Open Access

The pathology of familial breast cancer: Immunohistochemistry and molecular analysis

Breast Cancer Research19991:36

DOI: 10.1186/bcr11

Received: 16 September 1999

Accepted: 6 October 1999

Published: 27 October 1999

Abstract

Extensive studies of BRCA1- and BRCA2-associated breast tumours have been carried out in the few years since the identification of these familial breast cancer predisposing genes. The morphological studies suggest that BRCA1 tumours differ from BRCA2 tumours and from sporadic breast cancers. Recent progress in immunohistochemistry and molecular biology techniques has enabled in-depth investigation of molecular pathology of these tumours. Studies to date have investigated issues such as steroid hormone receptor expression, mutation status of tumour suppressor genes TP53 and c-erbB2, and expression profiles of cell cycle proteins p21, p27 and cyclin D1. Despite relative paucity of data, strong evidence of unique biological characteristics of BRCA1-associated breast cancer is accumulating. BRCA1-associated tumours appear to show an increased frequency of TP53 mutations, frequent p53 protein stabilization and absence of imunoreactivity for steroid hormone receptors. Further studies of larger number of samples of both BRCA1- and BRCA2-associated tumours are necessary to clarify and confirm these observations.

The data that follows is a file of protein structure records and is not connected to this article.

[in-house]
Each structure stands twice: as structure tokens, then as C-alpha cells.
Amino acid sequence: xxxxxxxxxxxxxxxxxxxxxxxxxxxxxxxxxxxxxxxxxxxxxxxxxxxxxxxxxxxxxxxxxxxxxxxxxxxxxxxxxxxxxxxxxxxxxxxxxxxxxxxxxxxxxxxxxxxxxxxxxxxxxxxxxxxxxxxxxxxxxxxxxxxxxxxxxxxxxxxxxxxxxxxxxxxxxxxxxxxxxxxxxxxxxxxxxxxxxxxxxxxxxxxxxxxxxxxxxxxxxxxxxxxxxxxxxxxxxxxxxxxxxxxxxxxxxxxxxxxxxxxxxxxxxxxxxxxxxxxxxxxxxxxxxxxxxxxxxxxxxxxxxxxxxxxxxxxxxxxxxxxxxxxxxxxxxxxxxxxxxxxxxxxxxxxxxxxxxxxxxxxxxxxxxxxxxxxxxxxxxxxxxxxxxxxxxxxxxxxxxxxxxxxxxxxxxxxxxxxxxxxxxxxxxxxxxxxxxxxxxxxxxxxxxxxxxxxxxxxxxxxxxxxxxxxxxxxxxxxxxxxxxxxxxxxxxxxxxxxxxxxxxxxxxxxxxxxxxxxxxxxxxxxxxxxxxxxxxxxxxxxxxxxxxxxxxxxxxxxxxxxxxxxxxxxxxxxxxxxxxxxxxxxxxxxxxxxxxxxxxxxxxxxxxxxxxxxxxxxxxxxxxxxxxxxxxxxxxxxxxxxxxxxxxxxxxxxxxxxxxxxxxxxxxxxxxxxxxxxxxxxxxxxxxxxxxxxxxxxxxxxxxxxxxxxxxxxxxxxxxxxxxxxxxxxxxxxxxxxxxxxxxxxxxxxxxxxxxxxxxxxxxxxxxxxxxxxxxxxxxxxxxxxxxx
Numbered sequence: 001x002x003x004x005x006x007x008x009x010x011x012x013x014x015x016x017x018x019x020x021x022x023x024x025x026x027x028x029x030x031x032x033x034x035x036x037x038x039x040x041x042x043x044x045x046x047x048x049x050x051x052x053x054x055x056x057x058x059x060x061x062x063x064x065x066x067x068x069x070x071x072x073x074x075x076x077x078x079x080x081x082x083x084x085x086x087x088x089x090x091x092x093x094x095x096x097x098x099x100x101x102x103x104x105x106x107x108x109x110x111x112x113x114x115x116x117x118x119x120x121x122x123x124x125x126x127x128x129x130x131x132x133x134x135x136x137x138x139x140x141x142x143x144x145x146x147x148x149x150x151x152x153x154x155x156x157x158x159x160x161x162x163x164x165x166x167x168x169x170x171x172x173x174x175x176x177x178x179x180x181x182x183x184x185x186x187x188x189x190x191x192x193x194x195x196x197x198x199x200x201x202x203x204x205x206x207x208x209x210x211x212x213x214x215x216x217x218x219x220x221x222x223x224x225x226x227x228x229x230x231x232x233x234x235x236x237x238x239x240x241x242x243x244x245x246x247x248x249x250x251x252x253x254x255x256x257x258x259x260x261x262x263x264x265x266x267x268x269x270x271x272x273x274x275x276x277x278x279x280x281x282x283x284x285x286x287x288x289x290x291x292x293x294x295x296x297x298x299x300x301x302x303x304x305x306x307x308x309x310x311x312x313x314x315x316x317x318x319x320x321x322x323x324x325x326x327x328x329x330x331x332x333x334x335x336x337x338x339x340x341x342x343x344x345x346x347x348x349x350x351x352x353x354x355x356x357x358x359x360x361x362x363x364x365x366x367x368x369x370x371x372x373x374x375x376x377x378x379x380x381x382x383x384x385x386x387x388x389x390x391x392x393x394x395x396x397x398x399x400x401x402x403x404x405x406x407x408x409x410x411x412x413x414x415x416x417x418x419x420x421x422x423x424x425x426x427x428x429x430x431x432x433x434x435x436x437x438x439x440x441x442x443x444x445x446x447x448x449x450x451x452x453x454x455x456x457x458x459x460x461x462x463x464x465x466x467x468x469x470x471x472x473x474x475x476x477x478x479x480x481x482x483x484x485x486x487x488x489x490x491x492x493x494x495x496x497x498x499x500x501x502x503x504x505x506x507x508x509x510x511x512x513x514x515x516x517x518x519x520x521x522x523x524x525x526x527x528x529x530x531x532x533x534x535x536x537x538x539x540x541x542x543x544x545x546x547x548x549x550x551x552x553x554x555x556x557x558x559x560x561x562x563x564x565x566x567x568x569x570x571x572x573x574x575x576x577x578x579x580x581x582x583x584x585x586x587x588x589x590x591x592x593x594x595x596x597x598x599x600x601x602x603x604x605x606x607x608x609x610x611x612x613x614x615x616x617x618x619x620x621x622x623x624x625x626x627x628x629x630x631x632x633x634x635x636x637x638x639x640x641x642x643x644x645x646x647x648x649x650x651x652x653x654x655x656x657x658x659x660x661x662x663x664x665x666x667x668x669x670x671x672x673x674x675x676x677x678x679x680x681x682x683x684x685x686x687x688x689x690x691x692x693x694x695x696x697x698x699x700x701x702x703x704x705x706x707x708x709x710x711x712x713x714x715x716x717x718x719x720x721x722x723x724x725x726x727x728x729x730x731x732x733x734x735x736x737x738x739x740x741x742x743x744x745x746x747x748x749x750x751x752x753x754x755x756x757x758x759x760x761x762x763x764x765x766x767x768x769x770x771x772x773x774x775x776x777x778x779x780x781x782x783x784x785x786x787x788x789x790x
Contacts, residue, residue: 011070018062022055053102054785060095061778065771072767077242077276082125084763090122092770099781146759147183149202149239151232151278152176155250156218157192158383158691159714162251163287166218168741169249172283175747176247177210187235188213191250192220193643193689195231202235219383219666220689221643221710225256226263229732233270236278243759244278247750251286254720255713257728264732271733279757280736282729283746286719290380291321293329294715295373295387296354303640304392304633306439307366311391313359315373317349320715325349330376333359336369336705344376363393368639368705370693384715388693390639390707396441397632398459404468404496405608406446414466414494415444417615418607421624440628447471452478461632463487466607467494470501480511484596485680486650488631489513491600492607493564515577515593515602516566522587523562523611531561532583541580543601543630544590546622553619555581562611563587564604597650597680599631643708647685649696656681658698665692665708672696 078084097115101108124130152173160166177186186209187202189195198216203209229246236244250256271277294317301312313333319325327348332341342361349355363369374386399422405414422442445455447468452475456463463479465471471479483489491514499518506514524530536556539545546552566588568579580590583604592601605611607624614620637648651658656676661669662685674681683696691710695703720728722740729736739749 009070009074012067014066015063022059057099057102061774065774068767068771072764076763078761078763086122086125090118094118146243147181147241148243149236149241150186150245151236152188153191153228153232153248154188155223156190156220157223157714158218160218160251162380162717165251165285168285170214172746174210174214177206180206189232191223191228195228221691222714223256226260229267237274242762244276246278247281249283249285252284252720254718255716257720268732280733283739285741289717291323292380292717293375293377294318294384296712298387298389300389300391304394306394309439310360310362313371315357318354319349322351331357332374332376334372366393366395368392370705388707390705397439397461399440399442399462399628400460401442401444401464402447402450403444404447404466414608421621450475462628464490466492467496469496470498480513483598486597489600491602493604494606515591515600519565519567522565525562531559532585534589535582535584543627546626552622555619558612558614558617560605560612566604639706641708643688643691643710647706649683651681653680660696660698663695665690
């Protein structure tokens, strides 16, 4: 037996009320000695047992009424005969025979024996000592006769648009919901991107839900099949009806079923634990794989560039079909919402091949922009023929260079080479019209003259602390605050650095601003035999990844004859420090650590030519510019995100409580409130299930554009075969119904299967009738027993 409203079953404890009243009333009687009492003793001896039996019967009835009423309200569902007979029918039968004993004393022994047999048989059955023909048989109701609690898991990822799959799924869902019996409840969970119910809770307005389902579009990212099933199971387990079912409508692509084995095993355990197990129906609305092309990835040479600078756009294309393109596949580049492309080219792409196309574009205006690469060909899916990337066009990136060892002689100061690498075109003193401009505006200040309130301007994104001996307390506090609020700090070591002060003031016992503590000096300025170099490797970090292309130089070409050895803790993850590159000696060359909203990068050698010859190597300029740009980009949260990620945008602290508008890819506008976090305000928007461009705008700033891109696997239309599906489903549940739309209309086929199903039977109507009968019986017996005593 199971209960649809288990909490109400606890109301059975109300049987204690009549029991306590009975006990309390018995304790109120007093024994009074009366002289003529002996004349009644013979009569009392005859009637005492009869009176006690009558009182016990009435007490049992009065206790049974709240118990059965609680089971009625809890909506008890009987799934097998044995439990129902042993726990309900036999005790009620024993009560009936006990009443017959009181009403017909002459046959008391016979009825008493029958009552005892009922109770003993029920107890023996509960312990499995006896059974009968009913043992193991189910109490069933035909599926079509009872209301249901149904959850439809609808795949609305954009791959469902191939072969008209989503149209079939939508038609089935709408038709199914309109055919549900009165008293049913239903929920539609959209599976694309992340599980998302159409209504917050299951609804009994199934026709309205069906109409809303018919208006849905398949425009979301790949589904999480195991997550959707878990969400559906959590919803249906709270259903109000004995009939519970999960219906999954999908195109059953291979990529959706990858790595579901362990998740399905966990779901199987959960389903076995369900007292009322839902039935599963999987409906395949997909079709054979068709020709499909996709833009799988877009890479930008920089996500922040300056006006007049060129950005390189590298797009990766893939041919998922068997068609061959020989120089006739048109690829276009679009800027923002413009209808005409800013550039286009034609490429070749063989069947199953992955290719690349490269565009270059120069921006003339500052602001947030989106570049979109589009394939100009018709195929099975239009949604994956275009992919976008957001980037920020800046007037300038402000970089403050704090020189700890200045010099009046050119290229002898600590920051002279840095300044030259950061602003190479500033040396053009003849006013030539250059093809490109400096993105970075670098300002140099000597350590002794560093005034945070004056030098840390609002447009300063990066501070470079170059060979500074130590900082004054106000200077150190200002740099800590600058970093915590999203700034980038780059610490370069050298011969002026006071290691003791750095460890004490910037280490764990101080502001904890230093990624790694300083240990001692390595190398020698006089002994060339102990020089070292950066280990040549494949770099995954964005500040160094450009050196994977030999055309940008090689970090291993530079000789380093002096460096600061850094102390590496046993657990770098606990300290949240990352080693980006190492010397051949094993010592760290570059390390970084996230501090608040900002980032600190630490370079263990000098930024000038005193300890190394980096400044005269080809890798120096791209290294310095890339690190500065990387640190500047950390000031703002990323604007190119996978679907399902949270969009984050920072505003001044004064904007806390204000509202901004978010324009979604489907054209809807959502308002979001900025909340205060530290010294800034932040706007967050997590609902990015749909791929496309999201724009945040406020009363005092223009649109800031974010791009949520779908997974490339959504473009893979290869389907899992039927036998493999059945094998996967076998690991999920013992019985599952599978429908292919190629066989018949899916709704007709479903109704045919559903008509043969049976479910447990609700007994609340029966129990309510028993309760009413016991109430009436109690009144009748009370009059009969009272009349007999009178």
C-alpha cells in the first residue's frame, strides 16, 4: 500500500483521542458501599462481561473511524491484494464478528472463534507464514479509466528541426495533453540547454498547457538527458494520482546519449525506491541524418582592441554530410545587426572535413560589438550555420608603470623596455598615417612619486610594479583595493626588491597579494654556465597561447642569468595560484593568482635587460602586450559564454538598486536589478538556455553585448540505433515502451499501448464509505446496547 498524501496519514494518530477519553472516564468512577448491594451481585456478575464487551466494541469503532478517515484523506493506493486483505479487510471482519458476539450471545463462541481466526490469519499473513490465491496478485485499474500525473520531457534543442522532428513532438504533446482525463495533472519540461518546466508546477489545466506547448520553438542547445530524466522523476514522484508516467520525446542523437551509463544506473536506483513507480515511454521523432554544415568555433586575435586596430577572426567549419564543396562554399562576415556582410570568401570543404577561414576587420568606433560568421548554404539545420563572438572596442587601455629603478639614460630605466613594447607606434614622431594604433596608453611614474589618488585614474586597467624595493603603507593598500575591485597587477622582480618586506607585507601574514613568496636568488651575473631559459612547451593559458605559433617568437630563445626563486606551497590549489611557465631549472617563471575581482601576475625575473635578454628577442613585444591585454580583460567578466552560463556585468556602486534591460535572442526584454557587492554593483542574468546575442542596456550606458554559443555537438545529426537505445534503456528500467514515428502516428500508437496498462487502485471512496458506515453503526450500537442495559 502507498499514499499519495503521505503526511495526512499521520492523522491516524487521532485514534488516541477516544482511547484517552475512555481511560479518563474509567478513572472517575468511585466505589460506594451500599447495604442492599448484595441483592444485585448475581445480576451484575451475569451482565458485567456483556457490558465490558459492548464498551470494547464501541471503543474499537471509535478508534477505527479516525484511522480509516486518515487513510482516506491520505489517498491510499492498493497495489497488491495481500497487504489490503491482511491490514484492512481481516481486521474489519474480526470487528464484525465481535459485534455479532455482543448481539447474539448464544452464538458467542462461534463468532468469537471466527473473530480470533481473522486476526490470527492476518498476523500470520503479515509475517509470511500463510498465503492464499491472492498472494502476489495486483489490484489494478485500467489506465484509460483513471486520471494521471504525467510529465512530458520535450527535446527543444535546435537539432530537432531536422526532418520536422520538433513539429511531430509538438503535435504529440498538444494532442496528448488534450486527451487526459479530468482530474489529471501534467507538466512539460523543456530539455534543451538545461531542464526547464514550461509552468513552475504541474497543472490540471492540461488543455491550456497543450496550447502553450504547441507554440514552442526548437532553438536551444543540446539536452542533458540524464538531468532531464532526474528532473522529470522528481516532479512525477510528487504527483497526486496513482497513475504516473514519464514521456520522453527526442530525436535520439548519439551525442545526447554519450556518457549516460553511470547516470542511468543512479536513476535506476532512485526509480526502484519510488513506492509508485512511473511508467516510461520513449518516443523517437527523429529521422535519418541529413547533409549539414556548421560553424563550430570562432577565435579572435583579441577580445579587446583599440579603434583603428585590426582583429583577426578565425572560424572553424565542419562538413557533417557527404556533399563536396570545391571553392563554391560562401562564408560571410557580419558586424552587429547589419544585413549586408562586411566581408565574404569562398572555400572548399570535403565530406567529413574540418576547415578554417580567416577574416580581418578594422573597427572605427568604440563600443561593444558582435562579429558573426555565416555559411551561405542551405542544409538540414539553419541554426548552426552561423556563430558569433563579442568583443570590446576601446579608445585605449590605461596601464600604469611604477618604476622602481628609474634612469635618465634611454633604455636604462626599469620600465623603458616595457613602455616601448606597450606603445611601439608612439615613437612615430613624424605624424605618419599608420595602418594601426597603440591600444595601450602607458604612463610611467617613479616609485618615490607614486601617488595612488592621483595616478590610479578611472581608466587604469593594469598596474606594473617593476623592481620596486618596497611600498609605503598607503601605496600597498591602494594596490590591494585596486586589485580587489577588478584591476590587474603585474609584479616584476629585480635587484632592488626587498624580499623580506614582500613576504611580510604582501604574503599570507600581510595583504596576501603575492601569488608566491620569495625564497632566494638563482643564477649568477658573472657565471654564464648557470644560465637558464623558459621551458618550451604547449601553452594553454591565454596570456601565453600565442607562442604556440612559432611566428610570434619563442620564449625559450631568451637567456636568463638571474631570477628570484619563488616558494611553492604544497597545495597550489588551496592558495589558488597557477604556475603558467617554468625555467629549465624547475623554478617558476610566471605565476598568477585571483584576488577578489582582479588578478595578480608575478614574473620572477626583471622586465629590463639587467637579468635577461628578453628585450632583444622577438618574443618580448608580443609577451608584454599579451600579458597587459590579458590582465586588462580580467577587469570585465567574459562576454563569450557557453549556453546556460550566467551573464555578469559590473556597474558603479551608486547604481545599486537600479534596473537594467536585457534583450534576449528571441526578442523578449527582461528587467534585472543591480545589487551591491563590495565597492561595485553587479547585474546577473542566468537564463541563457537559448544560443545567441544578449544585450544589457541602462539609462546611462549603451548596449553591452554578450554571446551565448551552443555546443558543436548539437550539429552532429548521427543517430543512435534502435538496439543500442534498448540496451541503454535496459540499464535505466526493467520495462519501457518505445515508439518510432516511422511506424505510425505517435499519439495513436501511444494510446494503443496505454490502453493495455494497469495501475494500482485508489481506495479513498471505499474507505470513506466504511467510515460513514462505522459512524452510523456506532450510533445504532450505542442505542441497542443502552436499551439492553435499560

Keywords

BRCA1 BRCA2 immunohistochemistry

Introduction

In recent years, studies of familial breast cancers associated with mutations in BRCA1 and BRCA2 genes have suggested that these tumours have a characteristic histopathological phenotype [1**,2*]. Although tumours associated with BRCA1 and BRCA2 are on average of higher grade than sporadic breast cancer, there are also differences between tumours associated with the two genes. These data suggest distinct pathways for tumourigenesis.